Depression is one of the most common and most debilitating mental health disorders, affecting some 17 million adults in the US. It also continues to be a misunderstood, often hard-to-treat illness. Researchers have worked for decades to better understand the neurobiology underpinning depression.
For patients with severe, treatment-resistant depression, spending months or even years searching for good treatments can be totally disabling. The prevailing hypothesis for years was that depression was regulated by the neurotransmitter’s serotonin and norepinephrine.
Eventually, data began to suggest that maybe something much larger and more global was involved in the brain to account for depression, which led researchers to begin working with glutamate and GABA, the most abundant neurotransmitters in the brain. These chemicals are involved in neuroplasticity – the brain’s ability to adapt to change and protect itself against stressful events.
Neuroplasticity is a physical thing, too: it manifests itself “in terms of synapses, how these neurons are actually touching each other and communicating with each other,” explains Gerard Sanacora, PhD, MD, Director of the Yale Depression Research Program. “And we know that in depression, the number and strength of these interconnections decreases,” says Rachel Katz, MD, a professor of Clinical Psychiatry at Yale.
Ketamine – originally developed and still used as an anesthetic – works on those two neurotransmitters and was discovered to have rapid antidepressant effects. Some experience an improvement in symptoms in 24 hours or less. “We think that one of the things that Ketamine does, that helps to explain its antidepressant effects, is help the brain to regrow the synapses, the connections between nerve cells,” says John Krystal, MD, Chair of the Department of Psychiatry at Yale.
First this week, Staff Writer Jennifer Couzin-Frankel joins host Sarah Crespi to discuss the paradox of metabolically healthy obesity. They chat about the latest research into the relationships between markers of metabolic health—such as glucose or cholesterol levels in the blood—and obesity. They aren’t as tied as you might think.
Next, Colin Dayan, professor of clinical diabetes and metabolism at Cardiff University and senior clinical researcher at the Wellcome Centre for Human Genetics at the University of Oxford, joins Sarah to discuss his contribution to a special issue on type 1 diabetes. In his review, Colin and colleagues lay out research into how type 1 diabetes can be detected early, delayed, and maybe even one day prevented. Finally, in the first of a six-patrt series of book interviews on race and science, guest host Angela Saini talks with author and professor of history at the University of Massachusetts, Amherst, Samuel Redman, about his book Bone Rooms: From Scientific Racism to Human Prehistory in Museums. The two discuss the legacy of human bone collecting and racism in museums today.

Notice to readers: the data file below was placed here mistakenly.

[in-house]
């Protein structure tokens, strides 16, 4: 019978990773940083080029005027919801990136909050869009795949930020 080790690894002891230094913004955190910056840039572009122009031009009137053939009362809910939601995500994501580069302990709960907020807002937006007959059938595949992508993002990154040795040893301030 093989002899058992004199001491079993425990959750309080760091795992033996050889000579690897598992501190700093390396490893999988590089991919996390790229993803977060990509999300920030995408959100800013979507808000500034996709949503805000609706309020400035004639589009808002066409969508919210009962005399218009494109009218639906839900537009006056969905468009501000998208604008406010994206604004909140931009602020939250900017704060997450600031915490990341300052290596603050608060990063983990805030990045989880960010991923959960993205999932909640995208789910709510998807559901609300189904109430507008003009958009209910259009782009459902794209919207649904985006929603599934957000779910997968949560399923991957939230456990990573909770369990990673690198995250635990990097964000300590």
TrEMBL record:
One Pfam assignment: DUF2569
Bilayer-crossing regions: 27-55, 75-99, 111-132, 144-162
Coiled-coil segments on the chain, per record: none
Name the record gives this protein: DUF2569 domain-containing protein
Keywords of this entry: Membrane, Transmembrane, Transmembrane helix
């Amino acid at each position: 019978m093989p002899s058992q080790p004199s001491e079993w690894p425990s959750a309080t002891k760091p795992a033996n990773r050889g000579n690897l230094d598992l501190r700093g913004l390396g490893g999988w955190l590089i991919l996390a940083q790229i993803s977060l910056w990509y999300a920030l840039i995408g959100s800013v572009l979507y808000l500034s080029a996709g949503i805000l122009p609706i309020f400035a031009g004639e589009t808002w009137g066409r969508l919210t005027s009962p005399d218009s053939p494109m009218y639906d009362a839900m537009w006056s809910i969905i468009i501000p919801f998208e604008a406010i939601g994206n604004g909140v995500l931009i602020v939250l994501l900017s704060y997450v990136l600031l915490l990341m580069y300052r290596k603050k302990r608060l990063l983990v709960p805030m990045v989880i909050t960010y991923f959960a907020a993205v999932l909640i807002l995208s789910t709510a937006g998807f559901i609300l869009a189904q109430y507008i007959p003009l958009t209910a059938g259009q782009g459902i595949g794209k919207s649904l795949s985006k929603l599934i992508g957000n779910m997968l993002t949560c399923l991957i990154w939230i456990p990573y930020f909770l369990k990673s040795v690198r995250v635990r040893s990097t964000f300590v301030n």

‘No other spot brings me sweeter memories,’ remarked the poet W. H. Auden about the Lord Crewe Arms. 90 years later, the beauty of this historic bolthole, on the Northumberland/Co Durham border, hasn’t changed.
In the village of Blanchland, the 12th-century building was originally a guest house for Blanchland Abbey. Today, the Calcot Collection runs the show and the company’s clever touches — as seen in Barnsley House — shine through.
The superb food is modern British with big flavours, made using local produce. After cocktails in the barrel-vaulted Crypt Bar, we feasted in the elegant dining room: my favourite dish was the super succulent roasted guinea hen with a garden herb sauce.
Researchers debate whether an ancient fossil is the oldest animal yet discovered, and a new way to eavesdrop on glaciers.
In this episode:
01:04 Early sponge
This week in Nature, a researcher claims to have found a fossil sponge from 890-million-years-ago. If confirmed, this would be more than 300-million-years older than the earliest uncontested animal fossils but not all palaeontologists are convinced.
We hear about one researcher’s unorthodox attempt to listen in to the seismic-whisper at the foot of a Greenland glacier – a method that might reveal more about conditions under these enormous blocks of ice.
Inventories of the wide-body planes are piling up, as deliveries remain halted A new defect on Boeing’s Dreamliner aircraft surfaced in July, the latest in a series of issues that arose late last summer. Deliveries of the popular plane are now halted, pressuring Boeing’s profits. WSJ’s Andrew Tangel explains how Boeing got here. Photo: Bloomberg News
Every year, about a third of Americans spend at least some time on a boat. In the landscape of recreational power sports, which includes boats, some categories have seen their fair share of struggles in recent years. But boat industry revenues have been mostly growing. Boat sales have seen a boost during Covid, but some analysts think the growth is poised to continue.
Mumbai’s Coastal Road Project is a bold show of India’s construction capabilities, but it’s sparked protests and legal battles on the ground.
The Coastal Road is an under construction 8-lane, 22.2-km long freeway that would run along Mumbai’s western coastline connecting Marine Lines in the south to Kandivali in the north.
Mumbai (formerly called Bombay) is a densely populated city on India’s west coast. A financial center, it’s India’s largest city. On the Mumbai Harbour waterfront stands the iconic Gateway of India stone arch, built by the British Raj in 1924. Offshore, nearby Elephanta Island holds ancient cave temples dedicated to the Hindu god Shiva. The city’s also famous as the heart of the Bollywood film industry.